Title: Normal?
Author: Stephen J. Mulrooney
Cover Artist: Jamie RIch and Antonio Miras Neira
Publisher: Smashwords
Buy Link:  Normal?, Smashwords
Genre: Young Adult m/m
Length: Novel
Rating: 2.5 stars

A Guest Review by Sammy


Review Summary: A boy’s journey into manhood and the family who ushered him along his path.

Blurb: “Were it a dream, it would be a most wondrous dream; but it’s more. It’s a life. And I don’t have to remember any of it. It remembers me.”
With these words, Gene Poole-Hall takes us on a beautiful coming-of-age journey that will leave you questioning any preconceived impressions of the definition of normal, and lead you to the conclusion that when it comes to family, at the heart of the matter, it’s the heart that matters. Gene’s story begins with his adoption into an extended family that includes everything from a few drag queens to a well respected rabbi. If Gene’s life is anything but normal, he isn’t aware of it. He enjoys all the advantages of being an only child at the heart of a family of unrelated adults bonded together by mutual love and respect.

Review: Gene is adopted by two men who have hearts with an overwhelming capacity to love. Surrounding these men, Ben and Tom are a core group of the most unusual characters who make up the family unit that raises not only Gene but three other adoptive children as well. Ben, a drag queen by weekend and “Mother” to Gene is the sphere that essentially all the other characters in Stephen J. Mulrooney’s novel gravitate around. His partner, Tom is a quiet, yet insightful father to his brood and the steadiest of anchors in a seemingly rollicking household.

Along with Tom, is Uncle Josh, Ben’s best friend and a rabbi, to boot, who has seen his fair share of loss and pain but has somehow managed to remain wise and patient and so very loving. Interwoven are a few close friends, also drag queens and a cast of minor characters that bring their own brand of zaniness into the mix.

At its heart, Normal?, is a coming of age novel that follows Gene from the age of ten to adulthood. Along the way he nurtures a deep crush on his adoptive brother, Robbie, falls into his first sexual affair with an abusive and dominating friend of his brother and meets, in one brief, shining moment, a young man who will show him what love is really all about.

The story describes with sometimes poetic detail what it is to grow up in a household that is rife with unconditional love and support. While it is a fantastical tale that finds each adoptive child also gay, and seemingly no real hardships for two gay men to be raising such a brood or even adopt easily each addition to their household, it manages to convey a sense of family and loyalty that is sweet in many ways. In fact, the author’s keen sense of humor graces each page, keeping even darker moments in Gene’s life light and often enjoyable to read.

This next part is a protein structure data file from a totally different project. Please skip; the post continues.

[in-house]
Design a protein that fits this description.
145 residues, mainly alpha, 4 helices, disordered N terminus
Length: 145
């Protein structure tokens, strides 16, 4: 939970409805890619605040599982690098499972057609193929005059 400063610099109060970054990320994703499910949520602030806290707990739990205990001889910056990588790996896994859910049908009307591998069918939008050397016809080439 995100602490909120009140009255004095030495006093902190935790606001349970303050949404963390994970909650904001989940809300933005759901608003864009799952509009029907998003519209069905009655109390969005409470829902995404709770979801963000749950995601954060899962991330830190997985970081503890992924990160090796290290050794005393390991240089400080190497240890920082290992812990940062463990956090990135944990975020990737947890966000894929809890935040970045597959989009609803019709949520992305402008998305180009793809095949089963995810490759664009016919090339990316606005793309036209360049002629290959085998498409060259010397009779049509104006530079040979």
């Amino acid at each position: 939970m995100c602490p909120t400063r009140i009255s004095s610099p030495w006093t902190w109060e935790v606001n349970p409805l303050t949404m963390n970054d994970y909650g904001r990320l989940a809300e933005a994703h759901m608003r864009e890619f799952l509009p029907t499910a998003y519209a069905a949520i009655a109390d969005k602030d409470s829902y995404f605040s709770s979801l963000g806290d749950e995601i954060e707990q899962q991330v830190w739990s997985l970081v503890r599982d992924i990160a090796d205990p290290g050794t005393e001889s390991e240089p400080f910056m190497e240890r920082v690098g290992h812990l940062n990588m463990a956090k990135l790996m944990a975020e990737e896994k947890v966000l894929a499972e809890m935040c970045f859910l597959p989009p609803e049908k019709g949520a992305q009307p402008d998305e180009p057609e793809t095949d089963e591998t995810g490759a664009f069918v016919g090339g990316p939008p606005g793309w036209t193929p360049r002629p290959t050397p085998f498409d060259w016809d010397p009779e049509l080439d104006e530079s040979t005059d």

So…why not five stars then? Well, it is just this fantastical air to the novel that I felt was its ultimate downfall into a less than perfect story. With each nonsensical addition to this memoir, I felt myself doubting the veracity of the author. Instead of understanding more fully what made Gene and his family tick, I found myself reading about a cast of characters that remained just that–characters. I wanted more meat. I wanted to know the hearts and minds of these people, develop an affinity with them, care about what would happen next in their lives.

Instead, I found myself thinking that none of them seemed real enough for me to relate to on any level. When the main character began to insert his early attempts at writing stories into the main plot line, I got excited because I thought this might be the vehicle which the author would use to reveal more of the heart and soul of not only Gene but others in his family as well. Instead these “mini-stories” served to just pull me out of the main flow of the overall journey and, in fact, began to be annoying at best.

I do believe it is the author’s prerogative to present a coming of age story with as much imagination and humor as possible. However, somewhere in there we should be privy to the very real heartaches and trials a gay boy would go through on his way to adulthood. Regardless of how lovely a family we have, we all experience certain traumas and setbacks in our lives and Normal? fails to really address these in a way as to show how they impacted and allowed the main character to grown and change. This lack of reality was disappointing for me as a reader. I felt I had been cheated out of the real heart of Gene’s journey and give mostly the fluff of his life instead. For me, Normal? by Stephen J. Mulrooney seems incomplete and left me wanting more.

Normal? is a sweet coming of age novel but it is curiously somewhat emotionally removed and distant. It is a well written story, with many lovely passages that will have you sighing over the author’s word choice and beautiful turn of phrase. However, Normal? stops just short of having the impact a novel of this genre should have. I am not sure that many young adults could relate to Gene’s journey and that many adults might dismiss it as “nice” but not real. As always, dear reader the choice to read is yours. I look forward to hearing your thoughts.

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